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For. Sir Sampson, we'll have the wedding to-mor. row morning

Sir S. With all my heart.
For. At ten o'clock; punctually at ten.

Sir S. To a minute, to a second ; thou shalt set thy watch; and the bridegroom shall observe its motions; they shall be married to a minute, go to bed to a minute; and when the alarm strikes, they shall keep time like the figures of Sc. Dunstan's clock, and consummatum est shall ring all over the parish!


Enter Servant.
Serv. Sir, Mr. Scandal desires to speak with you
upon earnest business.

For. I go to him, Sir Sampson, your servant. [Exit.
Sir S. What's the matter, friend?

Seru. Sir, 'tis about your son Valentine'; something has appeared to him in a dream, that makes him prophesy.

Enter SCANDAL. « Scand. Sir Sampson, sad news. " For. Bless us! “ Sir S. Why, what's the matter? “ Scand. Can't you guess at what ought to afflict

you and him, and all of us, more than any thing “ else?

“ Sir S. Body o’me. I don't know any universal grievance, but a new tax, or the loss of the Ca

" not right. You are a wise man, and a conscien, “ tious man ; a searcher into obscurity and futurity; “ and, if you commit an error, it is with a great deal " of consideration, and discretion, and caution.

For. Ah, good Mr. Scandal. Scand. Nay, nay, 'tis manifest; I do not Aatter

you.--But Sir Sampson is hasty, very hasty-I'm “ afraid he is not scrupulous enough, Mr. Foresight. « ---He has been wicked ; and Heaven grant he may

mean well in his affair with you !. -But my mind "gives me, these things cannot be wholly insignifi“ cant. You are wise, and should not be over“ reached: methinks you should not.

For. Alas, Mr. Scandal-Humanum est errare!

Scand. You say true, man will err; mere man " will err—but you are something more.

.There « have been wise men ; but they were such as you

men who consulted the stars and were observers “of omens.-Solomon was wise ; but how? by his "judgment in astrology.-So says Pineda, in his third “ book and eighth chapter.

For. You are learned, Mr. Scandal,

« Scand. A trifler-but a lover of art.--And the * wise men of the east owed their instructions to a

which is rightly observed by Gregory the * Great, in favour of astrology! And Albertus

Magnus makes it the most valuable science-be.

cause, says he, it teaches us to consider the causa“tion of causes, in the causes of things.

For. I protest, I honour you, Mr. Scandal.-I


“ did not think you had been read in these matters.

- Few young men are inclinedScand. I thank my stars that have inclined me. “But I fear this marriage and making over the “estate, this transferring of a rightful inheritance, “ will bring judgments upon us. I prophesy it; and “ I would not have the fate of Cassandra, not to be « believed. Valentine is disturbed; what can be the “ cause of that ? and Sir Sampson is hurried on by “ an unusual violence- fear he does not act “ wholly from himself; and methinks he does not « look as he used to do.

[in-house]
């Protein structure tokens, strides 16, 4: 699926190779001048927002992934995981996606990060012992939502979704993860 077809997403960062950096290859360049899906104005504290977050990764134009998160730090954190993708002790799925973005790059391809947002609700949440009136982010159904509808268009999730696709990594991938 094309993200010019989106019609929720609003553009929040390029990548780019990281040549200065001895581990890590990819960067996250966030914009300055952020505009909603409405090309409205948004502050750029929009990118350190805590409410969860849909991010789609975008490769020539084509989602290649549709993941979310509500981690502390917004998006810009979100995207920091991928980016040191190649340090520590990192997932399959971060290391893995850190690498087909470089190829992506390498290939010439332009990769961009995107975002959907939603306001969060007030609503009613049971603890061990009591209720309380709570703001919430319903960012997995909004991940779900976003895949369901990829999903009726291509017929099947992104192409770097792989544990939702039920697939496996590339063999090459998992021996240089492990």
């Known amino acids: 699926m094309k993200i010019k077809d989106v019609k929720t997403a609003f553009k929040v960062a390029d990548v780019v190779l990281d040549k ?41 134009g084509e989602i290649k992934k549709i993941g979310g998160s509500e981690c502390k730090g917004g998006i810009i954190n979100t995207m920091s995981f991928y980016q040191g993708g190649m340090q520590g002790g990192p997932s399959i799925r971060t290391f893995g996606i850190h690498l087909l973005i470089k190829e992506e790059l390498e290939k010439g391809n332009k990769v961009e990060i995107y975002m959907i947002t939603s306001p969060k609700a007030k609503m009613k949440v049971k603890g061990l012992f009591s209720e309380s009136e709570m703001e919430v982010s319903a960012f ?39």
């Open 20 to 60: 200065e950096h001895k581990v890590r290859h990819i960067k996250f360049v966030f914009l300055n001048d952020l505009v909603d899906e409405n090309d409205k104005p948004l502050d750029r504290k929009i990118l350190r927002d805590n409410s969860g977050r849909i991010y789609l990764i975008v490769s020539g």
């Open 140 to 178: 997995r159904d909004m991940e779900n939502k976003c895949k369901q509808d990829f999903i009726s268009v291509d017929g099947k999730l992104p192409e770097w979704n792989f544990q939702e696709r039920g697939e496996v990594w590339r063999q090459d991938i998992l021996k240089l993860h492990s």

For. He was always of an impetuous nature. “ But as to this marriage, I have consulted the stars ; « and all appearances are prosperous.

Scand. Come, come, Mr. Foresight; let not the

prospect of worldly lucre carry you beyond your “judgment, nor against your conscience.--You are

not satisfied that you act justly. For. How ! Scand. You are not satisfied, I say.-I am loth to discourage you—but it is palpable that you are not satisfied.

For. How does it appear, Mr. Scandal? I think “I am very well satisfied.

Scand. Either you suffer yourself to deceive yourself, or you do not know yourself. For. Pray explain yourself. Scand. Do you sleep well o' nights? For. Very well.

Scand. Are you certain ? you do not look so. s6 For. I am in health, I think.

Scand. So was Valentine this morning; and " looked just so.

For. How! Am I altered any way? I don't per« ceive it.

Scand. That may be ; but your beard is longer “ than it was two hours ago.

For. Indeed ? bless me l”

Enter Mrs. Foresight. " Mrs. For. Husband, will you go to bed ? it's ten “ o'clock. Mr. Scandal, your servant.

Scand. Pox on her, she has interrupted my de. « sign—but I must work her into the project. You “ keep early hours, madam.

Mrs. For. Mr. Foresight is punctual ; we sit up " after him.

For. My dear, pray lend me your glass, your “ little looking-glass.

i Scand. Pray lend it him, nadam--I'll tell you. “the reason-[She gives him the glass, Scandal and " she whisper]—My passion for you is grown so vio“ lent--that I am no longer master of myself—I was,

interrupted in the morning, when you had charity “enough to give me your attention ; and I had hopes " of finding another opportunity of explaining my“ self to you--but was disappointed all this day; and “ the uneasiness that has attended me ever since, • brings me now hither at this unseasonable hour.

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